News

ARTICLE

Date ArticleType
7/14/2020 General
Governor Whitmer Extends Declaration of Emergency Amid Rising COVID-19 Cases

LANSING, Mich. -- After every region in Michigan saw an uptick in new COVID-19 cases over the past three weeks, Governor Gretchen Whitmer today took swift action by signing a new executive order to save lives. Executive Order 2020-151 extends the governor’s emergency and disaster declaration until August 11, 2020 at 11:59pm.

“COVID-19 has now killed more than 6,000 people in Michigan. That’s more than 6,000 of our parents, grandparents, friends, and neighbors. And the rising numbers we’ve seen over the past few weeks prove that this virus is still a very real threat in our state,” said Governor Whitmer. “Today, I signed new emergency and disaster declarations using independent sources of statutory authority to continue saving lives and ensure that the brave men and women on the front lines of this crisis have the tools they need.”

“Throughout this crisis, the vast majority of Michiganders have done their part, but we must remain vigilant and continue to do everything we can to protect our loved ones,” said Whitmer. “That means wearing a mask over your mouth and nose and practicing safe physical distancing when going out in public. If we all do our part now, there is a greater chance that schools can resume in-person learning in the fall. Be smart, be safe, and mask up.”

Daily COVID-19 case counts now exceed 20 cases per million in the Detroit, Lansing, Grand Rapids, and Kalamazoo regions. Positivity rates are creeping upward. The increase in cases reflects a national trend: COVID-19 cases are growing in 39 states and in some are surging uncontrollably. Two days ago, for example, Florida recorded 15,300 new cases in a single day, the highest one-day total for any state so far during the pandemic.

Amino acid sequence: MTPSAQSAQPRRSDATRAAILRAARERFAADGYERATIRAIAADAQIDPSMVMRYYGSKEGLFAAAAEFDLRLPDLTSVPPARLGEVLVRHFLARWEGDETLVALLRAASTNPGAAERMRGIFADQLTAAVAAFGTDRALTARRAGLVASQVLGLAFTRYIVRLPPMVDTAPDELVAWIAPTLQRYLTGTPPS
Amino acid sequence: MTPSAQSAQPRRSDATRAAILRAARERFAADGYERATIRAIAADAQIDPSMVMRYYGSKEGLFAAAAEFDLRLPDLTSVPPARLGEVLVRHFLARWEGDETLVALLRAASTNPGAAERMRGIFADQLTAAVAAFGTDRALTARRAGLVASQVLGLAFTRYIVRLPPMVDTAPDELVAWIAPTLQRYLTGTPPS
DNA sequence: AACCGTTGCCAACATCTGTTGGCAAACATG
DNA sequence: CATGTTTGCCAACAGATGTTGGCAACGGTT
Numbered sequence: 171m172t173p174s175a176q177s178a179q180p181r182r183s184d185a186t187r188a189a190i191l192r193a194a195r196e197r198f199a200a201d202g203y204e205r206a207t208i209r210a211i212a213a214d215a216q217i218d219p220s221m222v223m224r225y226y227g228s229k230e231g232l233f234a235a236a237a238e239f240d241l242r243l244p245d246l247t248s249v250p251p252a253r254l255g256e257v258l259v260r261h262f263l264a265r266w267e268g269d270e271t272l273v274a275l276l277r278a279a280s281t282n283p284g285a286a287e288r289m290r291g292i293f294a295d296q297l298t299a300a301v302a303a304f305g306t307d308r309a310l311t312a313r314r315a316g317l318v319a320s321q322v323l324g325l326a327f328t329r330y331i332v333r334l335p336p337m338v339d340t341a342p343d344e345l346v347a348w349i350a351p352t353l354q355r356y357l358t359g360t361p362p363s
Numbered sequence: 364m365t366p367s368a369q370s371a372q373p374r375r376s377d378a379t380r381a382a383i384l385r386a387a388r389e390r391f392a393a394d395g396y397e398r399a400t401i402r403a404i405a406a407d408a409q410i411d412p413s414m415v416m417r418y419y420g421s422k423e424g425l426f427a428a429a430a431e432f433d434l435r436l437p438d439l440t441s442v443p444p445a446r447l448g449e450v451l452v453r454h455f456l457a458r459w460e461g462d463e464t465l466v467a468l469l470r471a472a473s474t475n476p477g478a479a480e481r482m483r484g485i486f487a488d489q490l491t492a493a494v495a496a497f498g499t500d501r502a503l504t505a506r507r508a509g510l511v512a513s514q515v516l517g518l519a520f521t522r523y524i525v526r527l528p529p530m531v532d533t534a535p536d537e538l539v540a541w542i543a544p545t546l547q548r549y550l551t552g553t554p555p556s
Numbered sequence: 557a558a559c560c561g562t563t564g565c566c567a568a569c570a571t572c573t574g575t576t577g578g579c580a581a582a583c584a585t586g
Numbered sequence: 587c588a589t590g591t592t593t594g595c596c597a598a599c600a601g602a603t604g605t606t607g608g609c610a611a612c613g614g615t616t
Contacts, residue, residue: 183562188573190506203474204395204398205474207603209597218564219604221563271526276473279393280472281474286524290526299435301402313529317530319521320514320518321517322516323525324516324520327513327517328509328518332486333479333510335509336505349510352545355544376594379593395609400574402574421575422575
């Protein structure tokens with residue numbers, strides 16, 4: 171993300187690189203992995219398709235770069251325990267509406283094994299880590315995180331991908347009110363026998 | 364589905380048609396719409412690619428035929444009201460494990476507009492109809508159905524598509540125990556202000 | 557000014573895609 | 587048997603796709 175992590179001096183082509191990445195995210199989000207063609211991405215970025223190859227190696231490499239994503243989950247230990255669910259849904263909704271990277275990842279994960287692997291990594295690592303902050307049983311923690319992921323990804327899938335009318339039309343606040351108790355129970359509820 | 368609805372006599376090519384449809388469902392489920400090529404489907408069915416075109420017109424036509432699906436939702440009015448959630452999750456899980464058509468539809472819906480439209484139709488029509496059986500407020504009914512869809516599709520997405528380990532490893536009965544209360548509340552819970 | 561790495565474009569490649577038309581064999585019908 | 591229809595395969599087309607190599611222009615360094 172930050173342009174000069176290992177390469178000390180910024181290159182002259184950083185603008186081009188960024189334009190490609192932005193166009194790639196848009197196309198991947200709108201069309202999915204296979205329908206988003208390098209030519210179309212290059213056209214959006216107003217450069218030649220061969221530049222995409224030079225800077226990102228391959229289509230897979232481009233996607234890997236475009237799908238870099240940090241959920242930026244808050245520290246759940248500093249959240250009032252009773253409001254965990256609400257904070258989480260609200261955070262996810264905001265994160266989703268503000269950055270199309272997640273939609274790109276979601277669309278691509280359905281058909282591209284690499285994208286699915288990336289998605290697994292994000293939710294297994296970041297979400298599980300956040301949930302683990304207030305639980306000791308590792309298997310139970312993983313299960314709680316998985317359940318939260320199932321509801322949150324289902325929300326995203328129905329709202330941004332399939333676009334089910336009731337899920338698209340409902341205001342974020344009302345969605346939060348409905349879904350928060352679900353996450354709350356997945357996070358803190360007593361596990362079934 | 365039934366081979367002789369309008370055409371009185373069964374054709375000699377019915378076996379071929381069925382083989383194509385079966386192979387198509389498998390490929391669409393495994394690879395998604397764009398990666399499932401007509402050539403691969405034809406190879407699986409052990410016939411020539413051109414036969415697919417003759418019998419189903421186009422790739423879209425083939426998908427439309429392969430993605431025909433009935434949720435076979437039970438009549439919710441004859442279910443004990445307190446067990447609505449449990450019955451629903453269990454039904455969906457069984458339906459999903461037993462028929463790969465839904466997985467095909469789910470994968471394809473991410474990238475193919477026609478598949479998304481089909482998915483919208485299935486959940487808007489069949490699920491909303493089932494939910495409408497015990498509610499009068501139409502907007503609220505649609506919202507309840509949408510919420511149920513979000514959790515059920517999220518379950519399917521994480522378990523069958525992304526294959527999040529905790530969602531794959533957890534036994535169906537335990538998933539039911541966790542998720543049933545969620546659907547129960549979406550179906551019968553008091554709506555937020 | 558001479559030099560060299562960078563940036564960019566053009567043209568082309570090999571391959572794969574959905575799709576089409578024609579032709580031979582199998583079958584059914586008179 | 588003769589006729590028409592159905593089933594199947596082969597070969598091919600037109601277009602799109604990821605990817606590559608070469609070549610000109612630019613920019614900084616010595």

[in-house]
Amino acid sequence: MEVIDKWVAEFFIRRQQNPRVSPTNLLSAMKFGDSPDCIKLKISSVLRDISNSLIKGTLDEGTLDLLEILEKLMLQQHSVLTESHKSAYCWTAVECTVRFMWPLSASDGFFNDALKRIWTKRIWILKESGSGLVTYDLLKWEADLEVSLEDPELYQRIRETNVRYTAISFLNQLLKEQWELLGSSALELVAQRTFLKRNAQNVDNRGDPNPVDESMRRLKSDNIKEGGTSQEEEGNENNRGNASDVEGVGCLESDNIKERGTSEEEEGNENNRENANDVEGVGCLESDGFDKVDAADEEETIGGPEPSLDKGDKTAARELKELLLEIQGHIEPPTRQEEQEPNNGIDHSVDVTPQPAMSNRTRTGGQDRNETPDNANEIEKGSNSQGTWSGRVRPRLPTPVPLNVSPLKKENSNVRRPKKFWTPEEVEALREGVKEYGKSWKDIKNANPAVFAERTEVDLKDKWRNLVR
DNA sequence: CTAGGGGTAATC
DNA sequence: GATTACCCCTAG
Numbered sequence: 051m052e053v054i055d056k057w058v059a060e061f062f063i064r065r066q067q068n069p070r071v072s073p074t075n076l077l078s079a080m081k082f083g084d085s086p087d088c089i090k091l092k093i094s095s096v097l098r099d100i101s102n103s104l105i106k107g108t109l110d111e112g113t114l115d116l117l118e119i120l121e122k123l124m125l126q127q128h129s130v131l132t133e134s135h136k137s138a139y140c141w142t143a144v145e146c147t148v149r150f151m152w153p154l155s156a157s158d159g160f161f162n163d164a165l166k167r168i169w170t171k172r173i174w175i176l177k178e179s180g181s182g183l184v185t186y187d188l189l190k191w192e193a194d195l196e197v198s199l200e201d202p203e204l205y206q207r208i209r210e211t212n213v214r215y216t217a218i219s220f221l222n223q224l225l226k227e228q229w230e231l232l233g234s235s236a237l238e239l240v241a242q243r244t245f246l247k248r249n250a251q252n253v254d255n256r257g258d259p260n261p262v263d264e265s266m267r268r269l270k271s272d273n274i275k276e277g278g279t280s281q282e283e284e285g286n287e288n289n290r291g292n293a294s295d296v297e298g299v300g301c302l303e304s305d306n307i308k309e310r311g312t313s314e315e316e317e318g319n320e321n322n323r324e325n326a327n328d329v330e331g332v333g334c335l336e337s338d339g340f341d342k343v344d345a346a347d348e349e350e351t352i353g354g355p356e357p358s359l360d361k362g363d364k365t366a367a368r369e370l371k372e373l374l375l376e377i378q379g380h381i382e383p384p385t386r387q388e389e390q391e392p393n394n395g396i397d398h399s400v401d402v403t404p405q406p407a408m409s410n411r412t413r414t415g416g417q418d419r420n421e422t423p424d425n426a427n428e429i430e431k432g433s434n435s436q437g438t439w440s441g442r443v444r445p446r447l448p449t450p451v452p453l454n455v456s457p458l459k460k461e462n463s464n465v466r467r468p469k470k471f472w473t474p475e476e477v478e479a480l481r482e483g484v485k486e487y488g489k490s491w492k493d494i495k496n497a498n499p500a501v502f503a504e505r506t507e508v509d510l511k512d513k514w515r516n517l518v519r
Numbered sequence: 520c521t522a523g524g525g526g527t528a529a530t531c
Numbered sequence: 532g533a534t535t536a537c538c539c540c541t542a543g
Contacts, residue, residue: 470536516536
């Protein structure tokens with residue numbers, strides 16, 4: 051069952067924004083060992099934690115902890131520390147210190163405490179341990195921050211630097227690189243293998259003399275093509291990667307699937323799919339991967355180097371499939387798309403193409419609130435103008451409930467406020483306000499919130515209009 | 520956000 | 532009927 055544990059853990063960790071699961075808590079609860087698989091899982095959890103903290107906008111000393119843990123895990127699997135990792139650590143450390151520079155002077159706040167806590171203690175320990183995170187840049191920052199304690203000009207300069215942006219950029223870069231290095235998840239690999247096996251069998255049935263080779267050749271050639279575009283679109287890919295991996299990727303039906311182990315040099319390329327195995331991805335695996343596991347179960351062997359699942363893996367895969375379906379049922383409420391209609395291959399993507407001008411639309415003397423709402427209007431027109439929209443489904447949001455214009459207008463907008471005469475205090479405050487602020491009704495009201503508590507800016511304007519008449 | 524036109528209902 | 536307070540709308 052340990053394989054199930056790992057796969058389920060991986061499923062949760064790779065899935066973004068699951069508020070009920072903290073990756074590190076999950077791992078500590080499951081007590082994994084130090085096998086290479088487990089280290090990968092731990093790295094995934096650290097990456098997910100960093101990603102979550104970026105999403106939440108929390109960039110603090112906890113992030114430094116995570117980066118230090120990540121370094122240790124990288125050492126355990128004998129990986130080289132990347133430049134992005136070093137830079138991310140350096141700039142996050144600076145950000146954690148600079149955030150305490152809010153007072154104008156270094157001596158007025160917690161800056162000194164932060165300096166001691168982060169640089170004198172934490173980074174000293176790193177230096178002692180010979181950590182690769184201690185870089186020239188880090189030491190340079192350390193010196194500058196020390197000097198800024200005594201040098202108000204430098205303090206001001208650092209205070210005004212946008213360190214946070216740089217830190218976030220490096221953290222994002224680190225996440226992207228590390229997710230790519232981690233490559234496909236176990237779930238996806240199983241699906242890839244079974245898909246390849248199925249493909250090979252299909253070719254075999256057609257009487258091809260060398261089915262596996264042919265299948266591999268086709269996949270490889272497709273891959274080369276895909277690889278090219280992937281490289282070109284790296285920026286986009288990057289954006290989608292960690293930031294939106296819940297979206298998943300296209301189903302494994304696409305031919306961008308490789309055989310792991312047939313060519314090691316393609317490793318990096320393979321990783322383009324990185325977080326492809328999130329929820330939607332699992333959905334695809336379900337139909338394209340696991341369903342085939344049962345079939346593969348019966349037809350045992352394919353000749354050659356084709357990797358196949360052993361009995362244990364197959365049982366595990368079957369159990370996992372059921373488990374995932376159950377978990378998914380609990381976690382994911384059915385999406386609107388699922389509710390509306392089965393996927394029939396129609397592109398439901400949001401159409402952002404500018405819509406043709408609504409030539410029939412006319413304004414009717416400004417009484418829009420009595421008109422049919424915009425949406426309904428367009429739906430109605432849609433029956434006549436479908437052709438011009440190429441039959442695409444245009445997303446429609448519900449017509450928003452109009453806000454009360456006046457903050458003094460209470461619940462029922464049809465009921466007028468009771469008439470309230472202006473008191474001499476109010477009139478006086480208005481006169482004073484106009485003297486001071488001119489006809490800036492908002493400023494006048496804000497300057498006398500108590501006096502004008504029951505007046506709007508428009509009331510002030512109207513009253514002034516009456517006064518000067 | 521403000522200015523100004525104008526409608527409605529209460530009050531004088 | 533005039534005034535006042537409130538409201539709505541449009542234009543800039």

“COVID-19 still poses a threat to families across Michigan, and it’s crucial that Governor Whitmer continue to take swift action to save lives,” said Chief Medical Executive and MDHHS Chief Deputy for Health Dr. Joneigh Khaldun. “Michiganders should all continue to do their part by wearing a mask and practicing safe physical distancing. We will get through this when we work together.”

The severe economic toll of the COVID-19 pandemic continues to mount. During this crisis, Michigan has often processed more unemployment claims in a single day than in the most painful week of the Great Recession, and the state already saw its highest unemployment rate since the Great Depression. The Michigan Department of Treasury predicts that this year the state will lose between $1 and $3 billion in revenue. At the same time, continued federal support is by no means assured. Unless it is renewed, for example, Congress’s emergency infusion of money into the unemployment system will cease at the end of this month. Without that money, many families in Michigan will struggle to pay their bills or even put food on the table.

The health, economic, and social harms of the COVID-19 pandemic remain widespread and severe, and they continue to constitute a statewide emergency and disaster. Though local health departments have some limited capacity to respond to cases as they arise within their jurisdictions, state emergency operations are necessary to bring this pandemic under control in Michigan and to build and maintain infrastructure to stop the spread of COVID-19, trace infections, and quickly direct additional resources to hot-spots as they emerge.